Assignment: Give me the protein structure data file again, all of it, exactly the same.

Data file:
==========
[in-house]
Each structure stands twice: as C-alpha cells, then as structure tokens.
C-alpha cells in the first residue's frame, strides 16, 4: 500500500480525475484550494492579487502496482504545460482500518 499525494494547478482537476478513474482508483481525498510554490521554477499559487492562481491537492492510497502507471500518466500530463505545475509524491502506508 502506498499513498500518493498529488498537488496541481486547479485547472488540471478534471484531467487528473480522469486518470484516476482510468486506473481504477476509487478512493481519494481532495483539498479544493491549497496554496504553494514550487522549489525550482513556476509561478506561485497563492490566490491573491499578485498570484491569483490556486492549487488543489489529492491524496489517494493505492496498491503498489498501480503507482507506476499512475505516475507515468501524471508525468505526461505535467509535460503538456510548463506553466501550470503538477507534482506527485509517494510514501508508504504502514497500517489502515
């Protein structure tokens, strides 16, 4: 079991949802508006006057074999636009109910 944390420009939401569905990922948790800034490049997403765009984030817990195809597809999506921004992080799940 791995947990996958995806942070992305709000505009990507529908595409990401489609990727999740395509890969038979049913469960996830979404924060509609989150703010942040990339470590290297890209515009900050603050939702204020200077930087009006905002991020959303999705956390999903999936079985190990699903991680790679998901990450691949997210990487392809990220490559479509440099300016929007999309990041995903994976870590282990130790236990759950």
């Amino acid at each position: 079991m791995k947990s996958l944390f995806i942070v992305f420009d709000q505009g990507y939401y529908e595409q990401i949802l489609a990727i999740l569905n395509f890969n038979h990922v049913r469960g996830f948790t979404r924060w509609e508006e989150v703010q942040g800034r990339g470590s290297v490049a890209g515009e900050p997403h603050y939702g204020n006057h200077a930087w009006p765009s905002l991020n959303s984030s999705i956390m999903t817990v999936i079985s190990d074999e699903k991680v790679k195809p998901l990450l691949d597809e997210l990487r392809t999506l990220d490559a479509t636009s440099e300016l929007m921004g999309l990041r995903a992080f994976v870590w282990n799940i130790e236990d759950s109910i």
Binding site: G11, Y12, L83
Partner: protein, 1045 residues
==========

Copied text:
[in-house]
Each structure stands twice: as C-alpha cells, then as structure tokens.
C-alpha cells in the first residue's frame, strides 16, 4: 500500500480525475484550494492579487502496482504545460482500518 499525494494547478482537476478513474482508483481525498510554490521554477499559487492562481491537492492510497502507471500518466500530463505545475509524491502506508 502506498499513498500518493498529488498537488496541481486547479485547472488540471478534471484531467487528473480522469486518470484516476482510468486506473481504477476509487478512493481519494481532495483539498479544493491549497496554496504553494514550487522549489525550482513556476509561478506561485497563492490566490491573491499578485498570484491569483490556486492549487488543489489529492491524496489517494493505492496498491503498489498501480503507482507506476499512475505516475507515468501524471508525468505526461505535467509535460503538456510548463506553466501550470503538477507534482506527485509517494510514501508508504504502514497500517489502515
């Protein structure tokens, strides 16, 4: 079991949802508006006057074999636009109910 944390420009939401569905990922948790800034490049997403765009984030817990195809597809999506921004992080799940 791995947990996958995806942070992305709000505009990507529908595409990401489609990727999740395509890969038979049913469960996830979404924060509609989150703010942040990339470590290297890209515009900050603050939702204020200077930087009006905002991020959303999705956390999903999936079985190990699903991680790679998901990450691949997210990487392809990220490559479509440099300016929007999309990041995903994976870590282990130790236990759950």
């Amino acid at each position: 079991m791995k947990s996958l944390f995806i942070v992305f420009d709000q505009g990507y939401y529908e595409q990401i949802l489609a990727i999740l569905n395509f890969n038979h990922v049913r469960g996830f948790t979404r924060w509609e508006e989150v703010q942040g800034r990339g470590s290297v490049a890209g515009e900050p997403h603050y939702g204020n006057h200077a930087w009006p765009s905002l991020n959303s984030s999705i956390m999903t817990v999936i079985s190990d074999e699903k991680v790679k195809p998901l990450l691949d597809e997210l990487r392809t999506l990220d490559a479509t636009s440099e300016l929007m921004g999309l990041r995903a992080f994976v870590w282990n799940i130790e236990d759950s109910i």
Binding site: G11, Y12, L83
Partner: protein, 1045 residues